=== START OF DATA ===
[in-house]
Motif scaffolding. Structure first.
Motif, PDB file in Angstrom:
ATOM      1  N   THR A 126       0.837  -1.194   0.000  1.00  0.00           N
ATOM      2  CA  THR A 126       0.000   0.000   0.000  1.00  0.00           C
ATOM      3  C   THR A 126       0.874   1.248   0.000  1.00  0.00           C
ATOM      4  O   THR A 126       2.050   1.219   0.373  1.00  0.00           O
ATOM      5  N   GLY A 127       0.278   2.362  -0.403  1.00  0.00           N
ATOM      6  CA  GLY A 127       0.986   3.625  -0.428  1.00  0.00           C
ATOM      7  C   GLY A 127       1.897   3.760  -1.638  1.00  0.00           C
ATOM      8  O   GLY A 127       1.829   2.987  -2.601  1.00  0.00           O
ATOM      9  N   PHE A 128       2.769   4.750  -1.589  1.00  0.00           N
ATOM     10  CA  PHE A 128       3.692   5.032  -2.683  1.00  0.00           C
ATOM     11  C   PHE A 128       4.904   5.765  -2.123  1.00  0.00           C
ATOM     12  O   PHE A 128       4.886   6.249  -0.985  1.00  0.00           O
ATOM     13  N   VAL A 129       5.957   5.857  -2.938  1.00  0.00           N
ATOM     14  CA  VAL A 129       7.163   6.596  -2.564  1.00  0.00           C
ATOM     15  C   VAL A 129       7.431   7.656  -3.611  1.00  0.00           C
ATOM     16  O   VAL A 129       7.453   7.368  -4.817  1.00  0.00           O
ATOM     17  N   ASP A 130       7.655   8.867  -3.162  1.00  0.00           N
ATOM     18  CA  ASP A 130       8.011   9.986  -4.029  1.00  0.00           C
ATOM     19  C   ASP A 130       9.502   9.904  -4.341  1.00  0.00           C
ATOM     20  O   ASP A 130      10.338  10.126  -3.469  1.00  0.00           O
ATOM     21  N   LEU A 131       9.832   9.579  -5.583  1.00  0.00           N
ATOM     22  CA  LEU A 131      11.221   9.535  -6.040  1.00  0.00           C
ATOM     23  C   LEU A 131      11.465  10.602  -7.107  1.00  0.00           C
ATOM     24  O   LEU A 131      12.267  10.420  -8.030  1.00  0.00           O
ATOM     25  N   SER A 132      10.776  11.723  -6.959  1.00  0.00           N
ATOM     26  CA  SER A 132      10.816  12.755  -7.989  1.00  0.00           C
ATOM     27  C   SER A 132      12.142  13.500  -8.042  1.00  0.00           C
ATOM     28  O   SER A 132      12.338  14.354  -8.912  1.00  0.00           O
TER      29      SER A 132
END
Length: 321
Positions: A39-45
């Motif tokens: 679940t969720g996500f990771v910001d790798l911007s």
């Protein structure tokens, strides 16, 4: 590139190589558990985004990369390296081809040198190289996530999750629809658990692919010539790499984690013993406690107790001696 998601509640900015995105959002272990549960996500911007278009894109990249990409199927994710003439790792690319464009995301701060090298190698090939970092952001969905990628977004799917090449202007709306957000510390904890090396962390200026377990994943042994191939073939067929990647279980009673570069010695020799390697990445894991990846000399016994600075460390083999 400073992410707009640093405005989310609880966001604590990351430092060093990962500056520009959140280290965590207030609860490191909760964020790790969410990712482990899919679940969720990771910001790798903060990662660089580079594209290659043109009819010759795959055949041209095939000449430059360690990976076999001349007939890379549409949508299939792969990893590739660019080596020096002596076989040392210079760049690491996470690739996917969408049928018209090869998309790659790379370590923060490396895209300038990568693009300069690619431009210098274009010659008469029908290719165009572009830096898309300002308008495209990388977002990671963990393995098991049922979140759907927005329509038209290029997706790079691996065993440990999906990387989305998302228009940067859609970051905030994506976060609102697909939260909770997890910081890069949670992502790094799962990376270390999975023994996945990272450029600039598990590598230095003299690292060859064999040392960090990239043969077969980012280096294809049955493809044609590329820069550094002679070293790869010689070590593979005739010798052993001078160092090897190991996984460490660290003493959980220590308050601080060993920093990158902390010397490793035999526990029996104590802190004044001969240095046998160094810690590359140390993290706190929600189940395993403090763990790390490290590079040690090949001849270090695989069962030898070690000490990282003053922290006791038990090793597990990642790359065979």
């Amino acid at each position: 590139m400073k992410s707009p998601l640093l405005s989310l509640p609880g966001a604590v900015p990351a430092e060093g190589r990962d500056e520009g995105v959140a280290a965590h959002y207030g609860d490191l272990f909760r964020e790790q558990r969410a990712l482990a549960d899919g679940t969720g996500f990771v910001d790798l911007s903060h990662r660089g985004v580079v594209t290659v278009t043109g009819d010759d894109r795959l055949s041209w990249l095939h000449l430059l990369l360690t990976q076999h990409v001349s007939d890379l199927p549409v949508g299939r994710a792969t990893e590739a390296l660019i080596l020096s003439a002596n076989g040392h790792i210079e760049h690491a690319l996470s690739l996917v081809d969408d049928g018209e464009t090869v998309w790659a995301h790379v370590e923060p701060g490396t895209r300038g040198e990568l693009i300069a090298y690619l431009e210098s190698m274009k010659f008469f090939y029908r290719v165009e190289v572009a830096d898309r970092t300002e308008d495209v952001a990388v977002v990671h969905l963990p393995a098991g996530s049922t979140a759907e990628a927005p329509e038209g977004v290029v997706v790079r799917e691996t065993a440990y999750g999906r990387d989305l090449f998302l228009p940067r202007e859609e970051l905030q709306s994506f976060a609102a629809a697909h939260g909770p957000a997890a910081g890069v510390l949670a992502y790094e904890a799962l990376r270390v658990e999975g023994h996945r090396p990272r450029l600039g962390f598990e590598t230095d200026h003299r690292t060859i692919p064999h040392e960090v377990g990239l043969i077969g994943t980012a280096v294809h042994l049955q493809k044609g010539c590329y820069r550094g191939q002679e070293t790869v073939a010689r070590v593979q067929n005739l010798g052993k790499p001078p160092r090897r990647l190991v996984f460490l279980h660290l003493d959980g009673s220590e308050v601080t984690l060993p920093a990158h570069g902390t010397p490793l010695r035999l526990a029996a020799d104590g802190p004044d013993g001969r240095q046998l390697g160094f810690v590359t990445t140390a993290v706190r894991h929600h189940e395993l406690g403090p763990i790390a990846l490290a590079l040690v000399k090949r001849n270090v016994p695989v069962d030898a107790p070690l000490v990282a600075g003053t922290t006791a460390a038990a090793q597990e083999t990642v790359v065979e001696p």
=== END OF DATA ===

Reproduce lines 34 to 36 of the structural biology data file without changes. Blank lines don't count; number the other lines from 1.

Length: 321
Positions: A39-45
């Motif tokens: 679940t969720g996500f990771v910001d790798l911007s």